Robert Mitchum lobbied for the lead role. However, the real Col. Dean Hess
wouldn't hear of a former jailbird portraying him. He personally approved Rock Hudson instead.
Adam's Rib (1949)
Ranked #7 on the American Film Institute's list of the 10 greatest films in the genre "Romantic Comedy" in June 2008.
Included among the American Film Institute's 2000 list of the Top 100 Funniest American Movies.
This film was selected into the National Film Registry in 1992 for being "culturally, historically, or aesthetically significant."
The movie's line "Licorice, mmmm. If there's anything I'm a sucker for, it's licorice." was voted as the #60 of "The 100 Greatest Movie Lines" by Premiere in 2007.
Top Secret Affair (1957)
Under the title "Melville Goodwin, USA", the film was to star Humphrey Bogart and Lauren Bacall - both of whom had already filmed costume and makeup tests - but Bogart's terminal illness forced his withdrawal from the project. He was replaced by Kirk Douglas. Bacall withdrew shortly afterward, opting instead to remain at home with her dying husband, and was replaced by Susan Hayward.
Hangman's Knot (1952)
April in Paris (1952)
Doris Day wrote in her autobiography that she only encountered trouble or tension on two of her Warner Bros. movies: 'April in Paris' and Young at Heart (1954). Regarding this film, she claimed that leading man Ray Bolger and director David Butler clashed early on, with Butler accusing Bolger of trying to steal scenes away from Day. Day also mentioned that, being a relative newcomer to movies, she was unaware of Bolger's tricks and managed to stay out of the line of fire.
Final film appearance of George Burns and Gracie Allen together.
The Last Remake of Beau Geste (1977)
The conception of this movie was actually a mistake. Writer and Director Marty Feldman had based the concept on an almost ludicrous misapprehension. Feldman had wanted to send up foreign legion movies like Beau Geste (1939). A screening of Beau Geste (1939) was organized for Feldman, who said: "I'd only sat looking at the picture for about ten minutes when it dawned on me that I hadn't meant 'Beau Geste' at all. The picture I'd been thinking of all along was 'Four Feathers'". "The Four Feathers", like "Beau Geste" had been remade numerous times. There had existed several versions of "The Four Feathers": Four Feathers (1915), The Four Feathers (1921), The Four Feathers (1929), The Four Feathers (1939), and "The Four Feathers" filmed under the title of Storm Over the Nile (1955). Also, later versions have included The Four Feathers (1978) and The Four Feathers (2002). Feldman felt that "The Last Remake of Four Feathers" didn't sound quite right, so proceeded with his mistake to make "The Last Remake of Beau Geste" anyway.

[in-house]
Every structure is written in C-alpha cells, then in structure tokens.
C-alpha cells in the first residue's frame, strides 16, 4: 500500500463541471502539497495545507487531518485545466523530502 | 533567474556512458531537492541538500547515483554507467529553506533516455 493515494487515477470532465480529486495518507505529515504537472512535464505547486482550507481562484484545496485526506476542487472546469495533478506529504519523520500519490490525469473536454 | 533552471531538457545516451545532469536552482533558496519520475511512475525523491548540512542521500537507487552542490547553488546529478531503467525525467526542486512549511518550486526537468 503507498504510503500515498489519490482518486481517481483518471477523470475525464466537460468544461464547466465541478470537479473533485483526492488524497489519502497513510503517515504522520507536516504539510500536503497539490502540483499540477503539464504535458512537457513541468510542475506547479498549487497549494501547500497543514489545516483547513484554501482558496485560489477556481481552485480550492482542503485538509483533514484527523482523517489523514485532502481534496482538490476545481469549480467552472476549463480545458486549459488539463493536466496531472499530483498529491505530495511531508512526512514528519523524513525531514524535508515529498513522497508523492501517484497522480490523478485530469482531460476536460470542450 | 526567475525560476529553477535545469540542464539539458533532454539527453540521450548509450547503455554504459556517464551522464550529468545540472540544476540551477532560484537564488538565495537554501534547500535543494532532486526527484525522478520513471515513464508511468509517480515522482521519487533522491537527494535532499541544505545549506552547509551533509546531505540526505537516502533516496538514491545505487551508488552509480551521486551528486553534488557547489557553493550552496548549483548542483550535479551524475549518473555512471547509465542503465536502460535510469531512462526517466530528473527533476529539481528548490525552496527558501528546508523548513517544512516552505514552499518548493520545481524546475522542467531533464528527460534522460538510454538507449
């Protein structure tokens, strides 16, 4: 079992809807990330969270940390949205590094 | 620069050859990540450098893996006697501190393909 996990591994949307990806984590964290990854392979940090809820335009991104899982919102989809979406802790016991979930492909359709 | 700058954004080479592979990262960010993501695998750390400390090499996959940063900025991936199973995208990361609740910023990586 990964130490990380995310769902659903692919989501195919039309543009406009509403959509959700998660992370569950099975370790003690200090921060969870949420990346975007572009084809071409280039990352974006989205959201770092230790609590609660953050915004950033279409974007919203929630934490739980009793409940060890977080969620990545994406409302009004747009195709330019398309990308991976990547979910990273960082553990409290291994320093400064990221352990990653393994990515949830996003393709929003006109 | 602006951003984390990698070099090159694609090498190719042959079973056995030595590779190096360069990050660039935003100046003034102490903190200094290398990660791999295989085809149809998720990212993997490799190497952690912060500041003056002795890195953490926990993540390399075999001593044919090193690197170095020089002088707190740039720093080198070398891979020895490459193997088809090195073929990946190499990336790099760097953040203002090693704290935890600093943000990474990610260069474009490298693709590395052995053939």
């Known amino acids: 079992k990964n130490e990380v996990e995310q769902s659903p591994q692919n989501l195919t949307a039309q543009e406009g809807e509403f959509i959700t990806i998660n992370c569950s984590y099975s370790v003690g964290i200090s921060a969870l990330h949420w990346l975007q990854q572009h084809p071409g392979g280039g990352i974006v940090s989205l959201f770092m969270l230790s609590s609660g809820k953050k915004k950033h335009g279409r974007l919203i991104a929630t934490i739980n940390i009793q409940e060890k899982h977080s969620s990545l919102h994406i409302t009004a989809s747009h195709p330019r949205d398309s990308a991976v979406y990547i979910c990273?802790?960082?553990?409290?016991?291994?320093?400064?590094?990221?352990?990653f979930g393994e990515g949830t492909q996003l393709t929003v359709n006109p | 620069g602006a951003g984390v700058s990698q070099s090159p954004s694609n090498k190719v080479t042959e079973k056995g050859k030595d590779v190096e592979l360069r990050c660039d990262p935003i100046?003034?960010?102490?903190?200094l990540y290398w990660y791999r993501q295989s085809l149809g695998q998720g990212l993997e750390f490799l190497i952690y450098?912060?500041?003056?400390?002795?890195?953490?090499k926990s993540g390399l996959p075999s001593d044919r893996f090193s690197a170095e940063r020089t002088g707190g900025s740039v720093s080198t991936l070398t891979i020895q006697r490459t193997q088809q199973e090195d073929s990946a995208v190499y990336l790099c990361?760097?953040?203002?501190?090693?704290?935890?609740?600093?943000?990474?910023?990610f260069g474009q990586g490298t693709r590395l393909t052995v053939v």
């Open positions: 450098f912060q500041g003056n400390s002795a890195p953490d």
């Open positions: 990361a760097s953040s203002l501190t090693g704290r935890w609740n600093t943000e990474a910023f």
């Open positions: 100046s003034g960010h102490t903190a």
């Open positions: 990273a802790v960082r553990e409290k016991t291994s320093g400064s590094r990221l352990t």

The Violent Men (1955)
'Edward G. Robinson' may seem oddly cast in a western, but he was a rush replacement for 'Broderick Crawford' who early on in shooting fell off his horse and was injured. Robinson would later appear in the western Cheyenne Autumn (1964), this time replacing the ill Spencer Tracy who had to bail out.
Once More, with Feeling! (1960)
Final film of Kay Kendall, released posthumously after her untimely death in September 1959 at the age of 33
Angel on My Shoulder (1946)
After his definitive performance in Scarface (1932), Paul Muni vowed never to play a gangster again. This tactic worked well for a couple of years, with an Academy Award for The Story of Louis Pasteur (1936) and an Oscar nomination for The Life of Emile Zola (1937), but eventually the good parts started to dwindle. By 1946, Muni was keen to play a major role again, so took the part of a gangster in this film.